iPhone app helps you find where to pick up or drop off a bike - but what else could it do? You tell us!

The much-vaunted London Cycle Hire Scheme doesn’t go live until the summer, but software developers have already come up with an app for the Apple iPhone that will help Londoners and out-of-towners alike find the nearest docking station to pick up or drop off a bike.

Developed independently of Transport for London, the body ultimately responsible for the scheme, and SERCO, its operator, the app harnesses GPS and mapping technology as well as a database with the co-ordinates of the 400 docking stations in the capital to locate the nearest one.

According to cyclehireapp.com, which came up with the app, "it won't take more than a couple of taps to find what you need." Moreover, it promises that “maps will come preloaded with the app - no internet connection needed - and it will work fine inside the tube."

Although no launch date has yet been set for the app, you can sign up for updates on the cyclehireapp.com website, and also follow them on Twitter. Once the iPhone app is up and running, it is planned to develop similar applications for other smartphones such as the BlackBerry 

The app's developers, however, will be hoping that it does not suffer the same fate as a free, independent app for Dublin's bike rental scheme which had to be withdrawn last year following legal action by that scheme's operator, the French advertising giant JC Decaux, which also operates the Vélib' cycle hire scheme in Paris.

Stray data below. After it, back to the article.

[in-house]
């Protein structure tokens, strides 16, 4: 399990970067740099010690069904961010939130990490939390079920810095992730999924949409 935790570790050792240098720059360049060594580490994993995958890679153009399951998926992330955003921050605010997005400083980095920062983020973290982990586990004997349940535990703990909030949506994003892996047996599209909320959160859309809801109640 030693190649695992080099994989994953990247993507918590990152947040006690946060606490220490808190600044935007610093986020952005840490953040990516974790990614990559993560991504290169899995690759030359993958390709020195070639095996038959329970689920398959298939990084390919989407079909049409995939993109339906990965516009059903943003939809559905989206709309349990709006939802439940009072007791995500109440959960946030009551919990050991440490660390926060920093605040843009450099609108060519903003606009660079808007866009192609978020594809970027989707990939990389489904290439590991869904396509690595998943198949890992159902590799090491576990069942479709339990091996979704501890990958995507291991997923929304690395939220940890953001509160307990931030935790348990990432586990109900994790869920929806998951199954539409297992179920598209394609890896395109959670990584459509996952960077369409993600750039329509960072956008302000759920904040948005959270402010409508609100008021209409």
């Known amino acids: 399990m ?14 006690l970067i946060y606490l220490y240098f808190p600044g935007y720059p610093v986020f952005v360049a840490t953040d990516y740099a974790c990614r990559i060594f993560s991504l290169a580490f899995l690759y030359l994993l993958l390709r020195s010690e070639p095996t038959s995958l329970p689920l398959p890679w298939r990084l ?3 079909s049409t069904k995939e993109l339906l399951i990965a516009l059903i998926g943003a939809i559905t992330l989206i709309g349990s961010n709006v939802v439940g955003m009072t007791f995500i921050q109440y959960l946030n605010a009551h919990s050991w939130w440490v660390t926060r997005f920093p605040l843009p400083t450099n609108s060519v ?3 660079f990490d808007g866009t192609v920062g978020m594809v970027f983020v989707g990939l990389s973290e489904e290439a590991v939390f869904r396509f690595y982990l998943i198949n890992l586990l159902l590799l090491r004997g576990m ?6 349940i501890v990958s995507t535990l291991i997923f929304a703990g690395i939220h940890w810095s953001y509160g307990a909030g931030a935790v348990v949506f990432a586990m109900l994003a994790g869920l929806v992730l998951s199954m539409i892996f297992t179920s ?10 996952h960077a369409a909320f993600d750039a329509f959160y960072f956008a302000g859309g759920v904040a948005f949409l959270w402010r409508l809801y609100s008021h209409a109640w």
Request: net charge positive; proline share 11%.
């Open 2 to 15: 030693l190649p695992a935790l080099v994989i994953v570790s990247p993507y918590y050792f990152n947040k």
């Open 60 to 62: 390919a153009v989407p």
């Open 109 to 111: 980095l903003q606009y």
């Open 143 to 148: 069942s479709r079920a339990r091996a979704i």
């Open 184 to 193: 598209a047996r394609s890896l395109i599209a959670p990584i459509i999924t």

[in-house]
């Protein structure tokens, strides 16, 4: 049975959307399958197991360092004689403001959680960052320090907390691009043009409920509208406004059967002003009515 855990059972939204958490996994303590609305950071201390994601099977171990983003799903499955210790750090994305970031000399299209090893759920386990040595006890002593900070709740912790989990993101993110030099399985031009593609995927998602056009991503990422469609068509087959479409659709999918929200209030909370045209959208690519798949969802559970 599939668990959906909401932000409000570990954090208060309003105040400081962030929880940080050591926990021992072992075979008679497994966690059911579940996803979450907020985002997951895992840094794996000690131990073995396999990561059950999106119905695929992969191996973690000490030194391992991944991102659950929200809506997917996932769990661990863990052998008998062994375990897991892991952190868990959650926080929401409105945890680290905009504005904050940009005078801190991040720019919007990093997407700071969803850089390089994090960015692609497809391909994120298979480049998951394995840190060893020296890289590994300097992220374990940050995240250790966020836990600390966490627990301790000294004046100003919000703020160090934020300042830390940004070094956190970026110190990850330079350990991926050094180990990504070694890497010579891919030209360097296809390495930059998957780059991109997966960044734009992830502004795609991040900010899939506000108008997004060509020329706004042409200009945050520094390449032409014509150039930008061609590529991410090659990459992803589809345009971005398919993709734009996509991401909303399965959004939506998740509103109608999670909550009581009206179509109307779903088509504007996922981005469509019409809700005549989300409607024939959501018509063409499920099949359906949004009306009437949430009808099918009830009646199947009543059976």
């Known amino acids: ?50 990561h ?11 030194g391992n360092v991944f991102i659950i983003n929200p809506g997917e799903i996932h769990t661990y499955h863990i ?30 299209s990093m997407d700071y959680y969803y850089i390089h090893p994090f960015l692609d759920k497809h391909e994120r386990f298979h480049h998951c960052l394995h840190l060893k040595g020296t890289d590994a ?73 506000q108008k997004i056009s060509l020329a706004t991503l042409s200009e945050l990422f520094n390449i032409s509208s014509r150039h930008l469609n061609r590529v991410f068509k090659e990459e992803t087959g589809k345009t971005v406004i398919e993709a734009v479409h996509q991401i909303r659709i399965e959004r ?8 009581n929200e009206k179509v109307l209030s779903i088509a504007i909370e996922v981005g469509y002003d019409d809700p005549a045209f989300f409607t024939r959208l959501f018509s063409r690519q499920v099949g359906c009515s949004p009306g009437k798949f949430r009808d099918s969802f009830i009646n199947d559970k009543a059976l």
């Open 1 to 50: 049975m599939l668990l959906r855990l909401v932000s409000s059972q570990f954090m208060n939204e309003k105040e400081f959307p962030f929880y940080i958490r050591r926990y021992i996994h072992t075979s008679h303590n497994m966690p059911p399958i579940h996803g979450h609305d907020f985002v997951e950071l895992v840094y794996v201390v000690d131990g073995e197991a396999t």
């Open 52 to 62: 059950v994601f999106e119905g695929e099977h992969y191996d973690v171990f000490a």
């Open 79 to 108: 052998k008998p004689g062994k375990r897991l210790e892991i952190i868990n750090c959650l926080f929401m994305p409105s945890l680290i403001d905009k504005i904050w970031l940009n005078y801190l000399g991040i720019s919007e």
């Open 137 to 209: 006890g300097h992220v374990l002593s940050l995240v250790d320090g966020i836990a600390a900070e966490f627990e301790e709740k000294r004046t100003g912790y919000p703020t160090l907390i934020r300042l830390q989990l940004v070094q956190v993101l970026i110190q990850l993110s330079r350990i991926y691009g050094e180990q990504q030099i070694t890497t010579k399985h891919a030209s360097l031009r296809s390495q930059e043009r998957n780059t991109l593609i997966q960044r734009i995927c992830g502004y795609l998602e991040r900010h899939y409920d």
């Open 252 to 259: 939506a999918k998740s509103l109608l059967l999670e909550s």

In the meantime, they are welcoming suggestions for features that could help iPhone owners get the best possible use from the app. The website londonnet.com suggests a built-in alarm to let you know when the initial half-hour hire period is coming to an end, which could prove quite a money saver.

One that we’d like to see – although it might prove impossible without input from TfL or SERCO – is a feature that tells you whether there were actually bikes available for hire on the docking station you’re being directed towards, to avoid disappointment when you get there.

Another could be tracking your usage of the scheme over say a week or a month to help you gauge how much benefit you’re getting out of it, and if your journeys could be overlaid on a map, it might even help you decide where you were better off walking, or where you might consider jumping on a hire bike.

Or how about a 'Boris tracker' feature that helps you keep track of where London's Mayor happens to be pedalling at any given time? Useful should you have a gripe about the scheme, perhaps after venturing to a docking station to find no bikes are available.

The possibilities are really limited only by your imagination – so let’s hear your suggestions about what features the app could provide.

Born in Scotland, Simon moved to London aged seven and now lives in the Oxfordshire Cotswolds with his miniature schnauzer, Elodie. He fell in love with cycling one Saturday morning in 1994 while living in Italy when Milan-San Remo went past his front door. A daily cycle commuter in London back before riding to work started to boom, he's been news editor at road.cc since 2009. Handily for work, he speaks French and Italian. He doesn't get to ride his Colnago as often as he'd like, and freely admits he's much more adept at cooking than fettling with bikes.